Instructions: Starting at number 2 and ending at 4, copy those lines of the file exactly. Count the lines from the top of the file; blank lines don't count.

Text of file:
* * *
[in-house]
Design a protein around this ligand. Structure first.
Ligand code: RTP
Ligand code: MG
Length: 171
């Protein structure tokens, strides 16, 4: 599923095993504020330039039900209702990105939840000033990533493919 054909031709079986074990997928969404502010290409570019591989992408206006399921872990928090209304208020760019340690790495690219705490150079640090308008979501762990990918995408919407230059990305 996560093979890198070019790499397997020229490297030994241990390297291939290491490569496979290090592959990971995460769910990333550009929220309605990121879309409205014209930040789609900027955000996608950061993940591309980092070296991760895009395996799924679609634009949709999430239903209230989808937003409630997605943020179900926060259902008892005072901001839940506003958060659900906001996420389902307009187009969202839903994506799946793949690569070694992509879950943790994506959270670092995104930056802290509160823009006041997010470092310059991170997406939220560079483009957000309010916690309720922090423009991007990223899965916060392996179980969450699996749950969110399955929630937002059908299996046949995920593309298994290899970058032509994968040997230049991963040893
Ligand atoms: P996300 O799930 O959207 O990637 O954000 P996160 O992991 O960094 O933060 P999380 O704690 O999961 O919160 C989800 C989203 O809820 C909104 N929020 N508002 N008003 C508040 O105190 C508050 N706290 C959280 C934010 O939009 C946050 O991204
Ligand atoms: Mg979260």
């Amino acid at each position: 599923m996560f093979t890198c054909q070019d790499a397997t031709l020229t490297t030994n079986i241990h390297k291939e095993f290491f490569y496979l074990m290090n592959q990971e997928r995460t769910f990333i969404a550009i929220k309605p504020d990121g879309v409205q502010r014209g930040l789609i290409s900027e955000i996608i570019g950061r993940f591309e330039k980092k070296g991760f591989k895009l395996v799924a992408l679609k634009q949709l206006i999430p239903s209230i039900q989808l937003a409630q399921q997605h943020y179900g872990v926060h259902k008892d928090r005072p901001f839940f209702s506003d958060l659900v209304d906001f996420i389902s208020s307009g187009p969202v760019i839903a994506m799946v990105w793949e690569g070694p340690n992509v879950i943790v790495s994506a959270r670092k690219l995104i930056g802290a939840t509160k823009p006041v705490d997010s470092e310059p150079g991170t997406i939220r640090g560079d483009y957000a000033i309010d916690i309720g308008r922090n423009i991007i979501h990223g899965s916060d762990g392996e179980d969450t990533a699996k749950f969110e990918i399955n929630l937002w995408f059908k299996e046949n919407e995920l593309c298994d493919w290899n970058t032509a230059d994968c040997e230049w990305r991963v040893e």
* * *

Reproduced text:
Design a protein around this ligand. Structure first.
Ligand code: RTP
Ligand code: MG